Kleon also stresses the significance of getting your body involved in the creative process that you pursue: “You need to find a way to bring your body into your work.”
In the fifth chapter of his book, Kleon shares one very relevant aspect he has learned in his life so far: “It’s the side projects that really take off.” He offers a very simple, yet meaningful, piece of advice: “Practice productive procrastination”. And he encourages all artists to “take time to be bored”, because “Creative people need time to just sit around and do nothing”.
Kleon also talks about the importance of hobbies, and insists that we should keep all the passions in our life:
“Don’t throw any of yourself away.”
The sixth step of Kleon’s clever guide focuses on one specific aspect that is outrageously significant whilst developing an artistic career: creating good work and getting it in front of the people. In the author’s view, the process of sharing your work is indispensable to achieving success: “When you open up your process and invite people in, you learn.”
“Where we choose to live still has a huge impact on the work we do… It helps to live around interesting people” – this is the essence of the seventh chapter. In order to enhance our creativity, we are given one simple solution: traveling and getting disconnected from our daily routine:
“Your brain gets too comfortable in your everyday surroundings. You need to make it uncomfortable.”
A devoted promoter of the fact that you must permanently “nourish” and pursue a generous behavior, Kleon simply asks us to be nice in order to enjoy an abundant and prosperous professional career.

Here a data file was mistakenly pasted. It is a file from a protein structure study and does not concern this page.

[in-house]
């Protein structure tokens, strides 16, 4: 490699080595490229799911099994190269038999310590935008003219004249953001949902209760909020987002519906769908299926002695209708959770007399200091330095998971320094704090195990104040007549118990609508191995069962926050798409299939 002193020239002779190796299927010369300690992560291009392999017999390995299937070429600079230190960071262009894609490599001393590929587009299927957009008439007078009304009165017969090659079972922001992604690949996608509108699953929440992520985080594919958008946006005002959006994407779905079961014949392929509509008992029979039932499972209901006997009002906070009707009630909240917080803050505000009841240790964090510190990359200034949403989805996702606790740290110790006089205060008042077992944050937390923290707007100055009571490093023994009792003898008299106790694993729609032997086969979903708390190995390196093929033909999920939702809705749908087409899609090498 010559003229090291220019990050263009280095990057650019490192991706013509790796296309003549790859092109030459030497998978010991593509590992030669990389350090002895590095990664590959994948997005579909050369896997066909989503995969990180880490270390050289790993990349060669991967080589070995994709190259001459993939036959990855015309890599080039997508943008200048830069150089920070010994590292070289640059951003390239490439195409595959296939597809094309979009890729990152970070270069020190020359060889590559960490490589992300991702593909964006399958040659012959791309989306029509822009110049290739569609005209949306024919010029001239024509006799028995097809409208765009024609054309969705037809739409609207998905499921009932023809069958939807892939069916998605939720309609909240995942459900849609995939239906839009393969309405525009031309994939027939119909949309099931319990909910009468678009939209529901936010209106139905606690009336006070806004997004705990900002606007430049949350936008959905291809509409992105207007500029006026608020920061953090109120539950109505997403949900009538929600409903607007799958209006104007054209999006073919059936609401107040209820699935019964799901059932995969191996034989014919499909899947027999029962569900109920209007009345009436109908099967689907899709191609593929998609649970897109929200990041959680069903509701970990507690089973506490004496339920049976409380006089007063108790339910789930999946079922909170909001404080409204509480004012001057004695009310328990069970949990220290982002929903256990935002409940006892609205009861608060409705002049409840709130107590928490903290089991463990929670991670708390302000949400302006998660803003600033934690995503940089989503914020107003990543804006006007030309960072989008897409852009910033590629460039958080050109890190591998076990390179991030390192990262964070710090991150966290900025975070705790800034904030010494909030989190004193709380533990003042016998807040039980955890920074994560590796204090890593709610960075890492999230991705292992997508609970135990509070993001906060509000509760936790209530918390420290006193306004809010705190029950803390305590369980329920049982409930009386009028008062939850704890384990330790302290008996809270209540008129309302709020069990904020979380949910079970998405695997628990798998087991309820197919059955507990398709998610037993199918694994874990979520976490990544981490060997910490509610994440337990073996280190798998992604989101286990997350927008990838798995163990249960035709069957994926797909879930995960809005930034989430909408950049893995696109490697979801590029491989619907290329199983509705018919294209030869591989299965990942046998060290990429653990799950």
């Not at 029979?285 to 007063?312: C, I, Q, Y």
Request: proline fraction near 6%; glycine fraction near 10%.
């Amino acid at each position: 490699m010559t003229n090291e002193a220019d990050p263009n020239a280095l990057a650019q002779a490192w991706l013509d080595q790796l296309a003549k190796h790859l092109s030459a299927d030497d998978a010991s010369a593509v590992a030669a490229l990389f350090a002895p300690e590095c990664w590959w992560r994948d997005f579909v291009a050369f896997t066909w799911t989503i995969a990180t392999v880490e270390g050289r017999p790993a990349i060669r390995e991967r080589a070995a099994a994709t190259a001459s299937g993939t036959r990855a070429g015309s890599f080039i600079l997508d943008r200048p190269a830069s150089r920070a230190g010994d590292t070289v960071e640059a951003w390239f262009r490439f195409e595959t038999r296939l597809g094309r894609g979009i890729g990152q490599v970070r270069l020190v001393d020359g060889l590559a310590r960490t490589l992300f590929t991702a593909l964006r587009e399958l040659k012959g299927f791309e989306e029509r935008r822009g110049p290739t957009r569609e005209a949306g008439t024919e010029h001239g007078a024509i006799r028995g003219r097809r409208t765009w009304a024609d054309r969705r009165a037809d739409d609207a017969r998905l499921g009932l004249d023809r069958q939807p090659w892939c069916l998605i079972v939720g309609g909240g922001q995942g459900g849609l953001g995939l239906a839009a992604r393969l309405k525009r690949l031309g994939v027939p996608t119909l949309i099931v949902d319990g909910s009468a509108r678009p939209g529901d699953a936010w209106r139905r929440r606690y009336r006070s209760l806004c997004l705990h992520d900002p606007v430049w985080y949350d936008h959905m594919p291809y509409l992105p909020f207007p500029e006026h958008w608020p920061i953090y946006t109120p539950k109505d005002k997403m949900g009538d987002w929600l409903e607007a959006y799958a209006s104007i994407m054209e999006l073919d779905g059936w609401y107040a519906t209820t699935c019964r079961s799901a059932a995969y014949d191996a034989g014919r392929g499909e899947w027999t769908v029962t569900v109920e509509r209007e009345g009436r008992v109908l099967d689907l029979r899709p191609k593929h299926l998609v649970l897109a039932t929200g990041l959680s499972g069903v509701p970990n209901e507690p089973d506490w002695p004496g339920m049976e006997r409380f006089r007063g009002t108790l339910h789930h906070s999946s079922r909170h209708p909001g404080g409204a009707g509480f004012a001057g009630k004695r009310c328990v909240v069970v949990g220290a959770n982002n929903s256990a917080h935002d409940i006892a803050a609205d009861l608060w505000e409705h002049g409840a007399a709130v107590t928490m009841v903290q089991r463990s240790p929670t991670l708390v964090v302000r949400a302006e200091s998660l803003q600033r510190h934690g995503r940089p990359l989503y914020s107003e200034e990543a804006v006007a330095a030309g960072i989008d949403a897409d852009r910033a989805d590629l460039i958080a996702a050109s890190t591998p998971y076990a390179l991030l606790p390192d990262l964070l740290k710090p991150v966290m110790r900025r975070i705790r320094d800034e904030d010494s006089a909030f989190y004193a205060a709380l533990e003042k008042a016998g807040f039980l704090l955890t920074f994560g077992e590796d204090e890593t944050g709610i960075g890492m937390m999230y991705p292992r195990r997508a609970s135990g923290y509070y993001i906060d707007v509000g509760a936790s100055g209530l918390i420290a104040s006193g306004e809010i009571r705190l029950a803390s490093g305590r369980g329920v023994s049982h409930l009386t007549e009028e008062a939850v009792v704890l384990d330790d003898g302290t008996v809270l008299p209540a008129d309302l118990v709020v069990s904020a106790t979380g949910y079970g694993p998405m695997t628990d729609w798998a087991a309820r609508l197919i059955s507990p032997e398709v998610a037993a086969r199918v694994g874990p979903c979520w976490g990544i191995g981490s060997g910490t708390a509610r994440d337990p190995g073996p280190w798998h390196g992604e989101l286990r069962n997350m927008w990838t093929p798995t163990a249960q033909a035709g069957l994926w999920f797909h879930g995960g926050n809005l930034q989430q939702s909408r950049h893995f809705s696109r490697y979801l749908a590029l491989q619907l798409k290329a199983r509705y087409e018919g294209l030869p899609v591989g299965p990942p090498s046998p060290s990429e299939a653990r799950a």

Thus, the eighth chapter exposes the importance of having a kind attitude when interacting with others. You’ll find out useful information about how you should behave on the Internet towards other people, and how you should express your admiration for others’ work: “If you truly love somebody’s work, you shouldn’t need a response from them”.
Kleon purposefully begins his ninth chapter with a quote from Gustave Flaubert:
“Be regular and orderly in your life, so that you may be violent and original in your work.”
He goes on to explain the necessity of establishing a routine in our everyday life, in order to increase our creative performance: “Establishing and keeping a routine can be even more important than having a lot of time”. He also discusses some other significant aspects, such as taking care of your own body, keeping your day job, or marrying well.
The final chapter of Steal Like an Artist revolves around the idea that “Creativity is Subtraction”. Time for another great lesson, this time on how to “choose what to leave out” when it comes to your art: “It’s often what an artist chooses to leave out that makes the art interesting.”
Even though art and constraints may seem like antithetic concepts, Austin Kleon brings them together into his innovative and unique perception: “When it comes to creative work, limitations mean freedom”.
You may not be the next Salvador Dalí, but you have the right to aspire to greatness. There is no such thing as lack of inspiration. It’s all about looking at the right thing, and not being afraid to allow yourself to be free and inspired.
So, steal! Steal smartly, steal bravely, and steal creatively. And in the end, you may just be amazed by your own work.